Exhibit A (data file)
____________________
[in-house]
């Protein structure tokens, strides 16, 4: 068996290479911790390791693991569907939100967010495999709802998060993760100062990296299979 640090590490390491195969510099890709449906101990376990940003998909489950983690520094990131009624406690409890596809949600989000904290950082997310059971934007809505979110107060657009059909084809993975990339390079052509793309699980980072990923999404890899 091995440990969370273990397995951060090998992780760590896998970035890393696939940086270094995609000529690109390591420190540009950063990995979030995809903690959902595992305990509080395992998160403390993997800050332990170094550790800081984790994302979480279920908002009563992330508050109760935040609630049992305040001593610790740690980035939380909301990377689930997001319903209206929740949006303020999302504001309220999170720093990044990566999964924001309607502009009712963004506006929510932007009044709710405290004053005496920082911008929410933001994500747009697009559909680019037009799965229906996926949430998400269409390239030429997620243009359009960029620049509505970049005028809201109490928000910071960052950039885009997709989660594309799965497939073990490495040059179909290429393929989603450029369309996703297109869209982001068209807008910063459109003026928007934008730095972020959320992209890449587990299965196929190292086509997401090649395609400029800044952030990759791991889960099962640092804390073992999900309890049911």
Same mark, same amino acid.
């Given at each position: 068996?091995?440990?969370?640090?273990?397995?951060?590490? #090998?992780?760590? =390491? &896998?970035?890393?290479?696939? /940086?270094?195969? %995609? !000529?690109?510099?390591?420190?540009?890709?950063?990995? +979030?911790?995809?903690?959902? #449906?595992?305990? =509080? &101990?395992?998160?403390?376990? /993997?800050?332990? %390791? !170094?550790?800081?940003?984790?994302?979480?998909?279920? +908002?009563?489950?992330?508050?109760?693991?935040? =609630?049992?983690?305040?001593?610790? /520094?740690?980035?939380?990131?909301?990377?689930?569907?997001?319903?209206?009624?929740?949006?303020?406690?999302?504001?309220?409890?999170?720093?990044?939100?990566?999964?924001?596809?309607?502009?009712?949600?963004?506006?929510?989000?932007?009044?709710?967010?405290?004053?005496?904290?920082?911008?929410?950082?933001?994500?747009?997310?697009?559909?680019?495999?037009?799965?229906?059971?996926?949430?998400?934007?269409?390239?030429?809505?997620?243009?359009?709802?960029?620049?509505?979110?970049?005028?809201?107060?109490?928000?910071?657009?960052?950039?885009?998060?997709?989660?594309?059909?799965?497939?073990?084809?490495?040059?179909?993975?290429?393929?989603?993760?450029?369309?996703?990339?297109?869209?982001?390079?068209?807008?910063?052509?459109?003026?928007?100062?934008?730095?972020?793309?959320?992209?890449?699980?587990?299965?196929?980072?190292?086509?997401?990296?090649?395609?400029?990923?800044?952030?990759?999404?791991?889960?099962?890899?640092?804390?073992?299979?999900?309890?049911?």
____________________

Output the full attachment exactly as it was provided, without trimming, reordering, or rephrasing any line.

[in-house]
């Protein structure tokens, strides 16, 4: 068996290479911790390791693991569907939100967010495999709802998060993760100062990296299979 640090590490390491195969510099890709449906101990376990940003998909489950983690520094990131009624406690409890596809949600989000904290950082997310059971934007809505979110107060657009059909084809993975990339390079052509793309699980980072990923999404890899 091995440990969370273990397995951060090998992780760590896998970035890393696939940086270094995609000529690109390591420190540009950063990995979030995809903690959902595992305990509080395992998160403390993997800050332990170094550790800081984790994302979480279920908002009563992330508050109760935040609630049992305040001593610790740690980035939380909301990377689930997001319903209206929740949006303020999302504001309220999170720093990044990566999964924001309607502009009712963004506006929510932007009044709710405290004053005496920082911008929410933001994500747009697009559909680019037009799965229906996926949430998400269409390239030429997620243009359009960029620049509505970049005028809201109490928000910071960052950039885009997709989660594309799965497939073990490495040059179909290429393929989603450029369309996703297109869209982001068209807008910063459109003026928007934008730095972020959320992209890449587990299965196929190292086509997401090649395609400029800044952030990759791991889960099962640092804390073992999900309890049911």
Same mark, same amino acid.
């Given at each position: 068996?091995?440990?969370?640090?273990?397995?951060?590490? #090998?992780?760590? =390491? &896998?970035?890393?290479?696939? /940086?270094?195969? %995609? !000529?690109?510099?390591?420190?540009?890709?950063?990995? +979030?911790?995809?903690?959902? #449906?595992?305990? =509080? &101990?395992?998160?403390?376990? /993997?800050?332990? %390791? !170094?550790?800081?940003?984790?994302?979480?998909?279920? +908002?009563?489950?992330?508050?109760?693991?935040? =609630?049992?983690?305040?001593?610790? /520094?740690?980035?939380?990131?909301?990377?689930?569907?997001?319903?209206?009624?929740?949006?303020?406690?999302?504001?309220?409890?999170?720093?990044?939100?990566?999964?924001?596809?309607?502009?009712?949600?963004?506006?929510?989000?932007?009044?709710?967010?405290?004053?005496?904290?920082?911008?929410?950082?933001?994500?747009?997310?697009?559909?680019?495999?037009?799965?229906?059971?996926?949430?998400?934007?269409?390239?030429?809505?997620?243009?359009?709802?960029?620049?509505?979110?970049?005028?809201?107060?109490?928000?910071?657009?960052?950039?885009?998060?997709?989660?594309?059909?799965?497939?073990?084809?490495?040059?179909?993975?290429?393929?989603?993760?450029?369309?996703?990339?297109?869209?982001?390079?068209?807008?910063?052509?459109?003026?928007?100062?934008?730095?972020?793309?959320?992209?890449?699980?587990?299965?196929?980072?190292?086509?997401?990296?090649?395609?400029?990923?800044?952030?990759?999404?791991?889960?099962?890899?640092?804390?073992?299979?999900?309890?049911?």